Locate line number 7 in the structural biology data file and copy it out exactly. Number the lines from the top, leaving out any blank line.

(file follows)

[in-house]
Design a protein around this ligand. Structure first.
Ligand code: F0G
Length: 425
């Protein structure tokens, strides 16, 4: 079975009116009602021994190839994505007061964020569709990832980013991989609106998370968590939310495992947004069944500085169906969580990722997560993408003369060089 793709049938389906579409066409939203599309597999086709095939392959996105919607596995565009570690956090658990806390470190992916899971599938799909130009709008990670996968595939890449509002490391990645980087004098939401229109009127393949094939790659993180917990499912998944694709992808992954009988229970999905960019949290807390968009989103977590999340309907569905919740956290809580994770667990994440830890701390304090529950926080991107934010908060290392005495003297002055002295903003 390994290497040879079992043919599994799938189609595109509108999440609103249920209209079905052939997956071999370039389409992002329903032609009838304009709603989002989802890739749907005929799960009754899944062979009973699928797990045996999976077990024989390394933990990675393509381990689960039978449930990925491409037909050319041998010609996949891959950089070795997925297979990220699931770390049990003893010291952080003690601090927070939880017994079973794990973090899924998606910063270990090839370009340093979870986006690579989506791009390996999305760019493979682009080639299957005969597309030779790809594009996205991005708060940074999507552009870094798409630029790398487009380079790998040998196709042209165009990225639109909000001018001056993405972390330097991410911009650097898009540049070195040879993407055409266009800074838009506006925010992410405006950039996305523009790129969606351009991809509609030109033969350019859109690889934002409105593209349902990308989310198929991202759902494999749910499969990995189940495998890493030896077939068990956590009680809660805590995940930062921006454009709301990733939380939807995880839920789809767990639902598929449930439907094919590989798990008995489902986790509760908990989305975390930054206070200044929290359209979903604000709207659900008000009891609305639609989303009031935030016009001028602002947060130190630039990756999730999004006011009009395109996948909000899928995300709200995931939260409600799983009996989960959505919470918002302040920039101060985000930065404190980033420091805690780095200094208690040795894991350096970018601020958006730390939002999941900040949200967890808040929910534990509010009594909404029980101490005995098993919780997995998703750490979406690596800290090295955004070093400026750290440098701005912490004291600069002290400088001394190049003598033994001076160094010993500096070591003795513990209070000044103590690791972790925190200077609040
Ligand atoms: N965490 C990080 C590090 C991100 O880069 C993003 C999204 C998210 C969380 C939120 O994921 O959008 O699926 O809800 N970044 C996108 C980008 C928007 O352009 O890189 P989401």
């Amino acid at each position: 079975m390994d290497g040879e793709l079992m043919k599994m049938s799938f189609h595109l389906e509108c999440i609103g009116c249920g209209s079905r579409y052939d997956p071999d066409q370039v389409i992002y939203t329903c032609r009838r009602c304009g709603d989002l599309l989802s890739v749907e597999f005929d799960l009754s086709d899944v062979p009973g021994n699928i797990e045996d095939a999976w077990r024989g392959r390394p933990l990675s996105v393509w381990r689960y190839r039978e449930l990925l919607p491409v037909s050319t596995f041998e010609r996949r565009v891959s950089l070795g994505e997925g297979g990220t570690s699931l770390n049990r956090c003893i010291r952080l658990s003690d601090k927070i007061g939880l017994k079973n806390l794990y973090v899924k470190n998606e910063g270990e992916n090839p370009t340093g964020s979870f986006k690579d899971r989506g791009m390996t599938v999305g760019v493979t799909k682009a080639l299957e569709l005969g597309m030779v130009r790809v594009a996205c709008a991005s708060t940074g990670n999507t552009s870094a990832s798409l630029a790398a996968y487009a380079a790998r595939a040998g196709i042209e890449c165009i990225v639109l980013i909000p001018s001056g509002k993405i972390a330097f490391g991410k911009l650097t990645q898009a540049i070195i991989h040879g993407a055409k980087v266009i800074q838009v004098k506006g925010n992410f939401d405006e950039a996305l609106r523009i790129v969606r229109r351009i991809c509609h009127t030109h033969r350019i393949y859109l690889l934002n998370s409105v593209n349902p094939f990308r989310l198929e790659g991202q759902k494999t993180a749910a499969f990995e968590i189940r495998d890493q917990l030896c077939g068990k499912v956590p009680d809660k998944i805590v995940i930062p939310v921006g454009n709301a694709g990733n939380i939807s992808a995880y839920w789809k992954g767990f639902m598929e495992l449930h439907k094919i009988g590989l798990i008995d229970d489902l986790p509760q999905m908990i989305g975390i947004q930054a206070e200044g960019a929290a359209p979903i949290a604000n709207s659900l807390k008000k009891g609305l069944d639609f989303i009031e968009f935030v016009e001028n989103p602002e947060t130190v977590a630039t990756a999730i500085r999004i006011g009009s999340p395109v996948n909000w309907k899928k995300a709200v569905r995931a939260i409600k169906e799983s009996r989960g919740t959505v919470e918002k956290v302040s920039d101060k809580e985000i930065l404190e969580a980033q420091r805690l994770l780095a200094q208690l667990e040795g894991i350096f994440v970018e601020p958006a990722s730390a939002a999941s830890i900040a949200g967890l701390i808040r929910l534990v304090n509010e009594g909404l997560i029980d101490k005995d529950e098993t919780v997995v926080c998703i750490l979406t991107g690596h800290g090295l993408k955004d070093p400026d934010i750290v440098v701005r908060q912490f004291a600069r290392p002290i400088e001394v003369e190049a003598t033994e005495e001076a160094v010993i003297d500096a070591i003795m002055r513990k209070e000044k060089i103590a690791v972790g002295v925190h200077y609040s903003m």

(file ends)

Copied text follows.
């Amino acid at each position: 079975m390994d290497g040879e793709l079992m043919k599994m049938s799938f189609h595109l389906e509108c999440i609103g009116c249920g209209s079905r579409y052939d997956p071999d066409q370039v389409i992002y939203t329903c032609r009838r009602c304009g709603d989002l599309l989802s890739v749907e597999f005929d799960l009754s086709d899944v062979p009973g021994n699928i797990e045996d095939a999976w077990r024989g392959r390394p933990l990675s996105v393509w381990r689960y190839r039978e449930l990925l919607p491409v037909s050319t596995f041998e010609r996949r565009v891959s950089l070795g994505e997925g297979g990220t570690s699931l770390n049990r956090c003893i010291r952080l658990s003690d601090k927070i007061g939880l017994k079973n806390l794990y973090v899924k470190n998606e910063g270990e992916n090839p370009t340093g964020s979870f986006k690579d899971r989506g791009m390996t599938v999305g760019v493979t799909k682009a080639l299957e569709l005969g597309m030779v130009r790809v594009a996205c709008a991005s708060t940074g990670n999507t552009s870094a990832s798409l630029a790398a996968y487009a380079a790998r595939a040998g196709i042209e890449c165009i990225v639109l980013i909000p001018s001056g509002k993405i972390a330097f490391g991410k911009l650097t990645q898009a540049i070195i991989h040879g993407a055409k980087v266009i800074q838009v004098k506006g925010n992410f939401d405006e950039a996305l609106r523009i790129v969606r229109r351009i991809c509609h009127t030109h033969r350019i393949y859109l690889l934002n998370s409105v593209n349902p094939f990308r989310l198929e790659g991202q759902k494999t993180a749910a499969f990995e968590i189940r495998d890493q917990l030896c077939g068990k499912v956590p009680d809660k998944i805590v995940i930062p939310v921006g454009n709301a694709g990733n939380i939807s992808a995880y839920w789809k992954g767990f639902m598929e495992l449930h439907k094919i009988g590989l798990i008995d229970d489902l986790p509760q999905m908990i989305g975390i947004q930054a206070e200044g960019a929290a359209p979903i949290a604000n709207s659900l807390k008000k009891g609305l069944d639609f989303i009031e968009f935030v016009e001028n989103p602002e947060t130190v977590a630039t990756a999730i500085r999004i006011g009009s999340p395109v996948n909000w309907k899928k995300a709200v569905r995931a939260i409600k169906e799983s009996r989960g919740t959505v919470e918002k956290v302040s920039d101060k809580e985000i930065l404190e969580a980033q420091r805690l994770l780095a200094q208690l667990e040795g894991i350096f994440v970018e601020p958006a990722s730390a939002a999941s830890i900040a949200g967890l701390i808040r929910l534990v304090n509010e009594g909404l997560i029980d101490k005995d529950e098993t919780v997995v926080c998703i750490l979406t991107g690596h800290g090295l993408k955004d070093p400026d934010i750290v440098v701005r908060q912490f004291a600069r290392p002290i400088e001394v003369e190049a003598t033994e005495e001076a160094v010993i003297d500096a070591i003795m002055r513990k209070e000044k060089i103590a690791v972790g002295v925190h200077y609040s903003m």